Australia’s tropics will become wetter, and its central deserts drier, as the world’s oceans turn saltier faster than expected in response to climate change, new research says.
Using data from 4000 robotic probes, a team of scientists in Australia and the United States has measured a 50-year trend in increasing ocean salinity pointing to major changes in the world’s water cycle.
These include changes to current rainfall patterns and moisture evaporation rates that are occurring twice as fast as predicted and which will intensify extreme weather such as floods and droughts.
The findings, published today in the global journal Science, point to ”a clear fingerprint of climate change”, one of the paper’s co-authors, CSIRO oceanographer Richard Matear said.
”We’re looking at a much longer-term weather trend than La Nina,” Dr Matear said.
”We’d expect to see intensification of existing weather patterns and systems in a trend we’ve described as the rich getting richer. ”Regions like Queensland’s tropics will get significantly wetter, and areas like the central desert could become up to 10 per cent drier.”
Recent record rains across eastern Australia have been attributed to La Nina.
”What we’re seeing are bigger changes, that have long-term implications,” Dr Matear said.
As the Earth’s atmosphere warms, its capacity to hold and transport moisture increases. Ocean salinity is determined by rainfall and evaporation at the ocean surface, and the study has found these patterns are changing with high rainfall ocean areas becoming less saline and drier ocean regions becoming saltier.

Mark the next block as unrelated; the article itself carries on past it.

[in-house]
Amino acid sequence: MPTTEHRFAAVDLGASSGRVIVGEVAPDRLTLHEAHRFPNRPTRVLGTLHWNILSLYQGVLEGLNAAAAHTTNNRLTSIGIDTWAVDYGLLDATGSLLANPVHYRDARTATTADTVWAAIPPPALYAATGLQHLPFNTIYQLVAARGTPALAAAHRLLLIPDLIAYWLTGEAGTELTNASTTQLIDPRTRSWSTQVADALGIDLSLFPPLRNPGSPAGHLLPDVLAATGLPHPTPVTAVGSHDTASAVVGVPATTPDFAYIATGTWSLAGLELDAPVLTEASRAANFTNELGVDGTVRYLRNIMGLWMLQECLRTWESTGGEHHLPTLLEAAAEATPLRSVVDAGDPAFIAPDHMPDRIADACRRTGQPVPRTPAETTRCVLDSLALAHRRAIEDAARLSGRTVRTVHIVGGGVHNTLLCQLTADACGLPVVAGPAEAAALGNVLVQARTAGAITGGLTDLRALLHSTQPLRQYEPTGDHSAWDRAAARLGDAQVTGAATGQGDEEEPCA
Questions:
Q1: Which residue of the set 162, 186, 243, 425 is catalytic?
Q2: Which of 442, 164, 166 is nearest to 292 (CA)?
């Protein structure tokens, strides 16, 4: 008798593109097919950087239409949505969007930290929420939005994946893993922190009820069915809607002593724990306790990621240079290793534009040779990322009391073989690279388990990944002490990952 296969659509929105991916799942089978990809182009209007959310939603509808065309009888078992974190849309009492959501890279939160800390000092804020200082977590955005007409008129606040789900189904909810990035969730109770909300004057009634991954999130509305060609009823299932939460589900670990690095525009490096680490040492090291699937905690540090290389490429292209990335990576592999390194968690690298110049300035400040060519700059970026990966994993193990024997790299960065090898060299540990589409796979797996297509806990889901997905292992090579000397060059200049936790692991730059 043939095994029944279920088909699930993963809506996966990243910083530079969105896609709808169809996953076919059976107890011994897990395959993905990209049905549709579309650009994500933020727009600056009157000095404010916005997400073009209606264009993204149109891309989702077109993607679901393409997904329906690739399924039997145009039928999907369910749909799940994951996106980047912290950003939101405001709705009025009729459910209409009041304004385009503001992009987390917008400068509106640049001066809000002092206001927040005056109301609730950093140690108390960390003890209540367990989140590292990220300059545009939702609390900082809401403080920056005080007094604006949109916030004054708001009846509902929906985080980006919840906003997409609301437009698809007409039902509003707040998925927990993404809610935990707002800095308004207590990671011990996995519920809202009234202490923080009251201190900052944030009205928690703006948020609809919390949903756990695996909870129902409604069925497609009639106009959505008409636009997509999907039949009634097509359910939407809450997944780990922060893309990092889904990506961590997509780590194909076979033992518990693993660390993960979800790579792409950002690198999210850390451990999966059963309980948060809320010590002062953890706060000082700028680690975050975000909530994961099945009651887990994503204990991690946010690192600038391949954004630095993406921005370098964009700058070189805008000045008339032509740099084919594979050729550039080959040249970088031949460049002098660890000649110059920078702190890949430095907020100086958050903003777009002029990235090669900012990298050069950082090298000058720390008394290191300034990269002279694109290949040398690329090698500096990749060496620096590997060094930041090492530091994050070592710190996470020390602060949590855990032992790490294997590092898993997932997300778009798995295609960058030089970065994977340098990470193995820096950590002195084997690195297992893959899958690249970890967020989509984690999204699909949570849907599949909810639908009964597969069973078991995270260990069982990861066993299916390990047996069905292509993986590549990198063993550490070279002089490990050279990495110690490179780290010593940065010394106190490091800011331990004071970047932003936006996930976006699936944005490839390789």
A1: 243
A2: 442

The study estimated the increase in atmospheric moisture occurring for every degree of warming was slightly more than 7 per cent.
”So, with a projected temperature rise of three degrees by the end of the century, we estimate a 24 per cent acceleration of the water cycle is possible,” he said.
The paper’s lead author, Paul Durack, said by analysing salinity changes and the relationship between salinity, rainfall and evaporation, the research team was able to determine the world’s water cycle had strengthened by 4 per cent over 50 years. This was twice as fast as predicted by current climate models.
Dr Durack, a post-doctoral fellow at the Lawrence Livermore National Laboratory in California, said scientists had struggled to determine estimates of water cycle changes from land-based data because surface observations of rainfall and evaporation were sparse.
Dr Matear said the world’s oceans provided a much clearer picture.
” The ocean matters to climate - it stores 97 per cent of the world’s water; receives 80 per cent of all surface rainfall and; it has absorbed 90 per cent of the Earth’s energy increase associated with past atmospheric warming,” he said.
Dr Matear said the finding had ”significant implications” for urban planning and food security. ”In tropical regions like Queensland, it will affect infrastructure, agriculture and urban planning,” he said
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